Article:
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Panasonic Lumix GH6 Review

Panasonic Lumix GH6 review

Price when reviewed


$2199.99 / €2199.99
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Our Verdict

Now that small full-frame cameras are more readily available and 10-bit video is more common, it’s hard for the Panasonic Lumix GH6 to shine, but somehow it still does. It goes way beyond the requirements of the occasional video shooter, offering high-end features that will keep small-budget professionals happy. Its results are very impressive and while the autofocus system isn’t the best, most of the time it does what it needs to do. To summarise the GH6, it has a lot to offer at a great price.


  • Extensive array of video features
  • Excellent stabilisation system
  • Excellent image quality for the sensor size


  • Big & heavy for a Micro Four Thirds camera
  • AF system not up with the best

What is the Panasonic Lumix GH6?

The Panasonic Lumix GH6 sits at the top of Panasonic’s line-up of Micro Four Third mirrorless cameras. It’s the replacement for the Panasonic Lumix GH5 and sits above the Panasonic Lumix GH5 II. Although it has a few features such as a 100Mp High Resolution Mode that can work when the camera is hand-held, it is primarily a video camera. As such, it offers an extensive range of video features and can shoot 5.8K, 5.7K, DCI 4K, UHD 4K and Full HD video in wide range of modes.


  • Camera type: Micro Four Thirds mirrorless
  • Announced: 22nd February 2022
  • Sensor: 25.21 Mp Live MOS Sensor (17.3 x 13mm)
  • Key video specs: 5.8K (5760×4320) (4:3) at 29.97p, 200Mbps (4:2:0 10-bit LongGOP) (H.265/HEVC, LPCM), 5.7K (5728×3024) (17:9) at 59.94p, 300Mbps (4:2:0 10-bit LongGOP) (H.265/HEVC, LPCM), 4.4K (4352×3264) (4:3) at 59.94p, 300Mbps (4:2:0 10-bit LongGOP) (H.265/HEVC, LPCM), 4.4K (4352×3264) (4:3) at 59.94p, 300Mbps (4:2:0 10-bit LongGOP) (H.265/HEVC, LPCM), 4K (3840×2160) at 119.88p, 300Mbps (4:2:0 10-bit LongGOP) (H.265/HEVC, LPCM), FHD (1920×1080) t 239.76p, 800Mbps (4:2:2 10-bit ALL-Intra) / 200Mbps (4:2:2 10-bit LongGOP) (H.264/MPEG-4 AVC, LPCM
  • Video format: MOV: H.264/MPEG-4 AVC, H.265/HEVC, Apple ProRes MP4: H.264/MPEG-4 AVC, H.265/HEVC
  • Log Mode: V-Log L pre-installed
  • Sensitivity range: Stills (normal): ISO 100-25600 (expandable to ISO 50-25600), (V-Log) ISO 250-12800 (expandable to ISO 125-12800), Video: (Normal) Dynamic Range Boost OFF (Base ISO 100): Auto / 50 (Extended ISO) / 100-12800 Dynamic Range Boost ON (Creative Video Mode) (Base ISO 800): Auto / 800-12800 (V-Log) Dynamic Range Boost OFF (Base ISO 250): Auto / 125 (Extended ISO) / 250-12800 Dynamic Range Boost ON (Creative Video Mode) (Base ISO 2000): Auto / 2000-12800 (Hybrid Log Gamma) Dynamic Range Boost OFF (Base ISO 250): Auto / 250-12800 Dynamic Range Boost ON (Creative Video Mode) (Base ISO 2000): Auto / 2000-12800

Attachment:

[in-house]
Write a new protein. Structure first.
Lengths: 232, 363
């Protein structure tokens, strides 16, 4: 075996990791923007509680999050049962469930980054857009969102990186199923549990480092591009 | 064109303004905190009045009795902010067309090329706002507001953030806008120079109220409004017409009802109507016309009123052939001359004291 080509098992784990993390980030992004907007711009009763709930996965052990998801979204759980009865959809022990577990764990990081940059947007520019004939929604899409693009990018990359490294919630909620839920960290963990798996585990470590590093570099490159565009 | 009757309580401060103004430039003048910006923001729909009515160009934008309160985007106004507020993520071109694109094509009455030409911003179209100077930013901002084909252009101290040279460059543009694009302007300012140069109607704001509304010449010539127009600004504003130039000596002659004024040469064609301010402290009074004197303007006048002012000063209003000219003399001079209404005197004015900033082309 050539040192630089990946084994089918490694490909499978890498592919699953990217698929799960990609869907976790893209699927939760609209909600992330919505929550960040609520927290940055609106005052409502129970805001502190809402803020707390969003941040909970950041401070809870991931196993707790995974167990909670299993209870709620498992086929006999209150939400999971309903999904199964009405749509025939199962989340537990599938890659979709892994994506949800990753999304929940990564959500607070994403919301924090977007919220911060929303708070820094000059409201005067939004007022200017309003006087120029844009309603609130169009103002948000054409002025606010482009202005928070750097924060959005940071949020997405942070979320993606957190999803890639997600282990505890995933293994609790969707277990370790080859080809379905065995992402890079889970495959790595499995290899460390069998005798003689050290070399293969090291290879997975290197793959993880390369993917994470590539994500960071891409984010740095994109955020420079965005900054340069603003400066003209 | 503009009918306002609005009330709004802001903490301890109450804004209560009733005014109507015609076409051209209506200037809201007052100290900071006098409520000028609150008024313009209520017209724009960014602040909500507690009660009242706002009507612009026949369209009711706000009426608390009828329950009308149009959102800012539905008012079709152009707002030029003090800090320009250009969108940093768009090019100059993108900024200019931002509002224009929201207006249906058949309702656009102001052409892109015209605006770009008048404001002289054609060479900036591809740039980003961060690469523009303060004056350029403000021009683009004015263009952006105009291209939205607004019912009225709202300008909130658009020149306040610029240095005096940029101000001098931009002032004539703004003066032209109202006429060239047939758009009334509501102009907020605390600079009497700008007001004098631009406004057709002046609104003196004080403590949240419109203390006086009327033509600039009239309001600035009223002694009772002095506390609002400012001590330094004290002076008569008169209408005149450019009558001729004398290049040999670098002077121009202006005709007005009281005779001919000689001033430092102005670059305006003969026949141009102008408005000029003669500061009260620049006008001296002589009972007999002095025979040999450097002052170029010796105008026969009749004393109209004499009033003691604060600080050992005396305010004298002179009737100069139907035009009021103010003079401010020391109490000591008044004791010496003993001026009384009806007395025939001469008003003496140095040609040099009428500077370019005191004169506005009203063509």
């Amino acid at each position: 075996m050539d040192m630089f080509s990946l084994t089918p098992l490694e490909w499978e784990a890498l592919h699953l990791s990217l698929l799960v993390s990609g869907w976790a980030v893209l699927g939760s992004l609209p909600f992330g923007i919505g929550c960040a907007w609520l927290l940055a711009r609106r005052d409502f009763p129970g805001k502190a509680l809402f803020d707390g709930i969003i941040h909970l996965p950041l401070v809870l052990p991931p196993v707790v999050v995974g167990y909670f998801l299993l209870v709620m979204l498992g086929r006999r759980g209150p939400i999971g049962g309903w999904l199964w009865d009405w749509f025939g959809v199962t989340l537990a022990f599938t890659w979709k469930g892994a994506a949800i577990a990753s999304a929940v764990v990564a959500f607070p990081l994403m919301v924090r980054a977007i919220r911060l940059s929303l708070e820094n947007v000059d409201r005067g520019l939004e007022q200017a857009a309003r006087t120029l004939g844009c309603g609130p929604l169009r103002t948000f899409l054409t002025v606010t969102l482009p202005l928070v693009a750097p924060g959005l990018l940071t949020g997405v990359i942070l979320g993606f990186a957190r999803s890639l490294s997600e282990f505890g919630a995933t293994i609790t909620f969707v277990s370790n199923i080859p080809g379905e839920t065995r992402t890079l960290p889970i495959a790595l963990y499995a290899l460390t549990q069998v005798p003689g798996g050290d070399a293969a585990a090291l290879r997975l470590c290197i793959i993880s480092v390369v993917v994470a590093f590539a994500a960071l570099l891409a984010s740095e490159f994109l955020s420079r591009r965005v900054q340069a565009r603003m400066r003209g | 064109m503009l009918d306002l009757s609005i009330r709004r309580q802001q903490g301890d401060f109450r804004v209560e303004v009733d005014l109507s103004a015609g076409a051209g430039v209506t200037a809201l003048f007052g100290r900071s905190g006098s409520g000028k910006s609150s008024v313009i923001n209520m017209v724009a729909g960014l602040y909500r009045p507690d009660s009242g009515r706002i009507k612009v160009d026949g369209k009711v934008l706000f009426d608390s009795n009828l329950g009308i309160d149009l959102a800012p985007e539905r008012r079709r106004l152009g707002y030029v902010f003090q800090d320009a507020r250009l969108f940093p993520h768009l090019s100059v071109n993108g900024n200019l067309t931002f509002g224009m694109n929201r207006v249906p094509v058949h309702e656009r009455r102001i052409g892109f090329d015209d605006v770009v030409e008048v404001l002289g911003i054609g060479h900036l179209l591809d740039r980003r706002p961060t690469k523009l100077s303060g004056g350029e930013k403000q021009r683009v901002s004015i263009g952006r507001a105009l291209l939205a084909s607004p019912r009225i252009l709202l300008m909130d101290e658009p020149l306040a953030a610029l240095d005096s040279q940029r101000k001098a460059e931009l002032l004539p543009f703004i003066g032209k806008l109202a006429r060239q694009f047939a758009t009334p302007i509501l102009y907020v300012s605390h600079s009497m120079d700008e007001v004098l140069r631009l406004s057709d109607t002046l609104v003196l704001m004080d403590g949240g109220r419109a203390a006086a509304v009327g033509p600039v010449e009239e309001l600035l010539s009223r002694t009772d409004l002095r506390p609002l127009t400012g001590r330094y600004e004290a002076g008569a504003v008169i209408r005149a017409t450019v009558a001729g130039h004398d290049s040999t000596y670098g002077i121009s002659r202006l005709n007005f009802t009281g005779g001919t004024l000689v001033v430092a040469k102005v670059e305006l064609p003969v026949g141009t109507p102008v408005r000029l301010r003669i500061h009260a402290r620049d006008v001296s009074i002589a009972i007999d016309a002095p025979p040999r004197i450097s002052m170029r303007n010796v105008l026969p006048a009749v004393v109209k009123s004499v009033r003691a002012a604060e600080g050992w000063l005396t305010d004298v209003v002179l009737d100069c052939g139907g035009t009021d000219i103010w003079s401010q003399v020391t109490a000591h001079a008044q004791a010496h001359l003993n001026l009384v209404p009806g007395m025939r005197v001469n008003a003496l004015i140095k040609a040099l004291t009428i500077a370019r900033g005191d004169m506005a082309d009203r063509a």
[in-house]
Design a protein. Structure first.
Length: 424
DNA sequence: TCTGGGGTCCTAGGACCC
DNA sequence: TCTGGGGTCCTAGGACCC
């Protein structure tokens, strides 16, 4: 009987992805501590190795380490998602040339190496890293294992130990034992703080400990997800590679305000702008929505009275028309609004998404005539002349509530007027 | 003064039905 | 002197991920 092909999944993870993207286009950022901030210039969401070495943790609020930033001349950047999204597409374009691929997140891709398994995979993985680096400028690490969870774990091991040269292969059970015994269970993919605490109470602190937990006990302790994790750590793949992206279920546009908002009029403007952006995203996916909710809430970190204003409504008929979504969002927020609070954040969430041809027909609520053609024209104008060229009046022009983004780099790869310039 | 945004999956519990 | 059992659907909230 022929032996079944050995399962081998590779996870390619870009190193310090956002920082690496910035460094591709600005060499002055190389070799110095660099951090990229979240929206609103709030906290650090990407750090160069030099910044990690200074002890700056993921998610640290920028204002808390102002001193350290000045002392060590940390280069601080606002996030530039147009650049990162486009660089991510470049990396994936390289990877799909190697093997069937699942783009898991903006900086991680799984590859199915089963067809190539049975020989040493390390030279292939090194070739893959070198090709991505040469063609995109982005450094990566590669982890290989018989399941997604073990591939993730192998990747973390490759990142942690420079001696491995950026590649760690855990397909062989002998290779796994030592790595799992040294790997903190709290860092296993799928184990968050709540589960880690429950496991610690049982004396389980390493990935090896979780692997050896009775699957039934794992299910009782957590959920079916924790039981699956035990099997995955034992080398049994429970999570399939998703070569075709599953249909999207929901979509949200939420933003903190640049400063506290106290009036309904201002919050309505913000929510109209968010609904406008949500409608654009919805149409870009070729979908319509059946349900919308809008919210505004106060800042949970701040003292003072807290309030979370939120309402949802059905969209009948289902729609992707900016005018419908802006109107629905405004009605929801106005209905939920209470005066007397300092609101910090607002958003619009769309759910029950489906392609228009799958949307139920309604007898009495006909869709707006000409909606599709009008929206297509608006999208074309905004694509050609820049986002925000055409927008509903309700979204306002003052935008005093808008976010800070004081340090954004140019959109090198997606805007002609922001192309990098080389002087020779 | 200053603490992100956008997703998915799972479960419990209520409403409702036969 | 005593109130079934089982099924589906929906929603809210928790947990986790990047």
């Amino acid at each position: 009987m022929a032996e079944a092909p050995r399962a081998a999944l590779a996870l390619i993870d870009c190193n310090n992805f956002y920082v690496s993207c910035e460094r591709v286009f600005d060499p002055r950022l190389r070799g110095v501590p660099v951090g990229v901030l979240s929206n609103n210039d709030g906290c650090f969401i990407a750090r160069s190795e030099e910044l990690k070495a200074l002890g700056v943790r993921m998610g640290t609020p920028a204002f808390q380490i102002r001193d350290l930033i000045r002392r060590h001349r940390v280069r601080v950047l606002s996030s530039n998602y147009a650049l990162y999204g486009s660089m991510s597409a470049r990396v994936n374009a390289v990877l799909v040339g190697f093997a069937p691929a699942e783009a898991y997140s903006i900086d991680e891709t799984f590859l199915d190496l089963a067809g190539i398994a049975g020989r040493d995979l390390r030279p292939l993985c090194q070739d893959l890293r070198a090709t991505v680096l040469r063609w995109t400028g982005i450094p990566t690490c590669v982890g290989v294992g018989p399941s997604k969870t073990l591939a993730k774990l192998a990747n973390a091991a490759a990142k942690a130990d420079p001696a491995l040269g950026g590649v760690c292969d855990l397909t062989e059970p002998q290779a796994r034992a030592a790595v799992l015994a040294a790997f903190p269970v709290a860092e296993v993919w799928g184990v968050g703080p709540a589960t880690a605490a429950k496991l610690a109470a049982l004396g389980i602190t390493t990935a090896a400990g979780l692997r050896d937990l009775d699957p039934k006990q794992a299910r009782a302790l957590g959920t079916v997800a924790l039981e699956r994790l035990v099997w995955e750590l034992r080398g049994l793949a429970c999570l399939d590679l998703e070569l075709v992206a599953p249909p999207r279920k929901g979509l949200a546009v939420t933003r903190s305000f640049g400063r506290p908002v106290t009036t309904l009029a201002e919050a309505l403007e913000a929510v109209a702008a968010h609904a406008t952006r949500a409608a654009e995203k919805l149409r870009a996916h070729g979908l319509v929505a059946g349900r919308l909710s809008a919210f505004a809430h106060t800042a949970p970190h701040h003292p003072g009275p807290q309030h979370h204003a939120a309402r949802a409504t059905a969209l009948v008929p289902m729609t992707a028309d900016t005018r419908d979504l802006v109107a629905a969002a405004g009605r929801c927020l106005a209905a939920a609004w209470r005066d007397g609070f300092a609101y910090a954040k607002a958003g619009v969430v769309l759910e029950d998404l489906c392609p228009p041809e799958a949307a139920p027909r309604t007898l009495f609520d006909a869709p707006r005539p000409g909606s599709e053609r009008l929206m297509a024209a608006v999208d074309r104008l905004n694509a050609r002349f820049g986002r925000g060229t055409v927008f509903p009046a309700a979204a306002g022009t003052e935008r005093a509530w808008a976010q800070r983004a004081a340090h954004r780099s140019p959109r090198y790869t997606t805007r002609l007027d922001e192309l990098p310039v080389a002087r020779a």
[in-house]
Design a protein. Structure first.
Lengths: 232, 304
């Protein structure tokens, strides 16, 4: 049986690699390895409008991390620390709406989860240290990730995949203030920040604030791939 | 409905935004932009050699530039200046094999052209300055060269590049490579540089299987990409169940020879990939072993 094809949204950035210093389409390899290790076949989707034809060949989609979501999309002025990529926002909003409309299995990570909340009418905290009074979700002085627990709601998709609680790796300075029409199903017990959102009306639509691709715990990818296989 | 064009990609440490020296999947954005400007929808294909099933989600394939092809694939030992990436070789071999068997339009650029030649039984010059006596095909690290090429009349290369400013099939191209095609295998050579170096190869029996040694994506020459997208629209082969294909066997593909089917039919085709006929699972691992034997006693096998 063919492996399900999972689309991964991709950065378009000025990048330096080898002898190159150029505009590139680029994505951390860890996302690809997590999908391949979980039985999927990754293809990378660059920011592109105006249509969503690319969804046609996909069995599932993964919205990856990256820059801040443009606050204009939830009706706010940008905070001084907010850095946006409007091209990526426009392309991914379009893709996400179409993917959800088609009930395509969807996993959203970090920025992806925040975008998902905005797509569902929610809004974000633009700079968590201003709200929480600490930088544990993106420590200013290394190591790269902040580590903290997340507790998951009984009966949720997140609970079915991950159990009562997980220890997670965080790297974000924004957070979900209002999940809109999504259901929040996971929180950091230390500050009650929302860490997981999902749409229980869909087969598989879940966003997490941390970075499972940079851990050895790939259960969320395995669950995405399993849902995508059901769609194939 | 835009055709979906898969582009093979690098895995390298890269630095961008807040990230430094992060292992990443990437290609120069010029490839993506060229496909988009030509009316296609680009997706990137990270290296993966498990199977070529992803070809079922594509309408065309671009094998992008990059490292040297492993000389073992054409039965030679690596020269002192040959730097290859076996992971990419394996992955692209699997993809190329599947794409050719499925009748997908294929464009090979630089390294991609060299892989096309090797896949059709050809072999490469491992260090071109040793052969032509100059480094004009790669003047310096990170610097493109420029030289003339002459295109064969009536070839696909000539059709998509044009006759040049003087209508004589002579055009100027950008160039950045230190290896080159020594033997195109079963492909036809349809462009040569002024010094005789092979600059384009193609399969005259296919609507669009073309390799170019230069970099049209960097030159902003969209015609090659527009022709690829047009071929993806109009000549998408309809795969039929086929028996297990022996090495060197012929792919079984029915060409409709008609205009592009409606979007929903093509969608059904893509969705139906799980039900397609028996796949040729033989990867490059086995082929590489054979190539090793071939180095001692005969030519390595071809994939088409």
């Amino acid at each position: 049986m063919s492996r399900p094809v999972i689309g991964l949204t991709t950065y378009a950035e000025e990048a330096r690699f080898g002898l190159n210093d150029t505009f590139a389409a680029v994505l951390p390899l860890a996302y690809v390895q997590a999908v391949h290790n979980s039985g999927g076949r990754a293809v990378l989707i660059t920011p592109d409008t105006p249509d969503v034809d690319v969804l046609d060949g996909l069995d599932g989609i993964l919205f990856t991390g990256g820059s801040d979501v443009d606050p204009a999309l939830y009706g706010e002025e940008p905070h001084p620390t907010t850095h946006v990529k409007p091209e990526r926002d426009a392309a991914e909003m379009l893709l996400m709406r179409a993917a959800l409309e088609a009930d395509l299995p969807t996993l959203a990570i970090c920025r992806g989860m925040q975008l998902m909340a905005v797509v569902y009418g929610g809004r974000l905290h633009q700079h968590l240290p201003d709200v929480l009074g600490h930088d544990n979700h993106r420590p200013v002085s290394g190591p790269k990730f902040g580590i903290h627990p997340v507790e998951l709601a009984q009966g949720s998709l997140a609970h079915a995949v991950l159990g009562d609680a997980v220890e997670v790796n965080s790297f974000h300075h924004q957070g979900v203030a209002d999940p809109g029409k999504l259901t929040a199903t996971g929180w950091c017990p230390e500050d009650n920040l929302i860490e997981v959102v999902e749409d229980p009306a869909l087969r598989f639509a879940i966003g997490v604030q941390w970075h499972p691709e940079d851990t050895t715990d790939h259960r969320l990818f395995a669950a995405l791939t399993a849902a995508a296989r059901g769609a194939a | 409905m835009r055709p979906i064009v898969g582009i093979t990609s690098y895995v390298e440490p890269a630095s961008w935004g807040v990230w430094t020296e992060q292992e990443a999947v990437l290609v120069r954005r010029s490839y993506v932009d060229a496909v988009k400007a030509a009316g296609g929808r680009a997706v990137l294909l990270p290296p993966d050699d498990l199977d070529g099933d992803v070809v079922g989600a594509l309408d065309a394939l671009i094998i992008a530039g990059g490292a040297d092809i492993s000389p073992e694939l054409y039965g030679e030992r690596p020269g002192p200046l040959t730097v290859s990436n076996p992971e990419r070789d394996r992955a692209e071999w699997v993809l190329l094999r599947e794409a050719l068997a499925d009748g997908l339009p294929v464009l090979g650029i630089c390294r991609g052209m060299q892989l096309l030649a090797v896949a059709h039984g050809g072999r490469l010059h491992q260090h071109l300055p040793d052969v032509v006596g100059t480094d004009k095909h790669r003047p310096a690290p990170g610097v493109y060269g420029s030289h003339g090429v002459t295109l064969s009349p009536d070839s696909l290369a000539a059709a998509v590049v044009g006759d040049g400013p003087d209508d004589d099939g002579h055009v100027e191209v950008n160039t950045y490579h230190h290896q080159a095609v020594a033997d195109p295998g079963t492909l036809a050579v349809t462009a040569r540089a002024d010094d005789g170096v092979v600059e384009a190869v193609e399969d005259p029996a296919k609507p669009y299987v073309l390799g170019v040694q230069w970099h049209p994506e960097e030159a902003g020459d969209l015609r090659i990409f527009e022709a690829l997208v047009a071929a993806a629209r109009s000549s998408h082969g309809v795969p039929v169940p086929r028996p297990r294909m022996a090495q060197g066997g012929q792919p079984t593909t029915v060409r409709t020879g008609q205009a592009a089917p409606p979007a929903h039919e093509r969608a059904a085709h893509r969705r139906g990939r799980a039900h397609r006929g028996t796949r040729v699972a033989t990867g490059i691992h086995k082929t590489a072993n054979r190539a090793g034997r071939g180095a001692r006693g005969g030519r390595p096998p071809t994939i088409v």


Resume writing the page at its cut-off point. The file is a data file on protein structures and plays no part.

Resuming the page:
• AF system: Contrast detection with DFD
  • Stabilisation: 5-axis Dual IS II giving up to 7.5EV shutter speed compensation
  • Viewfinder: 3.68m-dot OLED with up to 120fps refresh rate
  • Touchscreen: 3-inch 1.84m-dot tilt & free-angle touchscreen
  • Storage: Dual slots, 1 CFexpress Type B, 1 UHS-II SD
  • Maximum stills continuous shooting rate: Mechanical shutter: H: 14 frames/sec (AFS/MF), 8 frames/sec (AFC) (with Live View) M: 6 frames/sec (AFS/MF) (with Live View), 5 frames/sec (AFC) (with Live View) L: 2 frames/sec (AFS/MF/AFC) (with Live View) Electronic shutter: SH75: 75 frames/sec (AFS/MF) SH60: 60 frames/sec (AFS/MF) SH20: 20 frames/sec (AFS/MF) H: 14 frames/sec (AFS/MF), 7 frames/sec (AFC) (with Live View) M: 6 frames/sec (AFS/MF) (with Live View), 5 frames/sec (AFC) (with Live View) L: 2 frames/sec (AFS/MF/AFC) (with Live View)
  • Dimensions (HxWxD): 100.3 x 138.4 x 99.6 mm (excluding protrusions)
  • Weight: 739g with SD card and battery

Panasonic Lumix GH6 price and availability

The Panasonic Lumix GH6 went on sale in March 2022 for £1,999.99 / $2199.99 / €2199.99
body only or £2,199.99 for a kit including a 12-60mm f/3.5-5.6 lens or £2,599/$2,797.99 with the Leica 12-60mm f/2.8-4.0 lens.

You can order the Panasonic GH6 from Adorama in the USA and Wex Photo Video in the UK.

Panasonic Lumix GH6 review


It would take a lifetime to explain the specification of the Panasonic Lumix GH6 fully so I’m going to focus on the highlights.

First up, the GH6 has a brand new 25.21Mp Four Thirds type sensor. That’s the highest resolution Four Thirds sensor currently available in a camera, trumping the 20.4Mp of the new OM System OM-1. At the pre-launch press briefing about the GH6, Panasonic refused to comment on whether the sensor has a backside-illuminated or stacked design or not, which to my cynical mind suggests that it doesn’t, most brands like to shout about such things.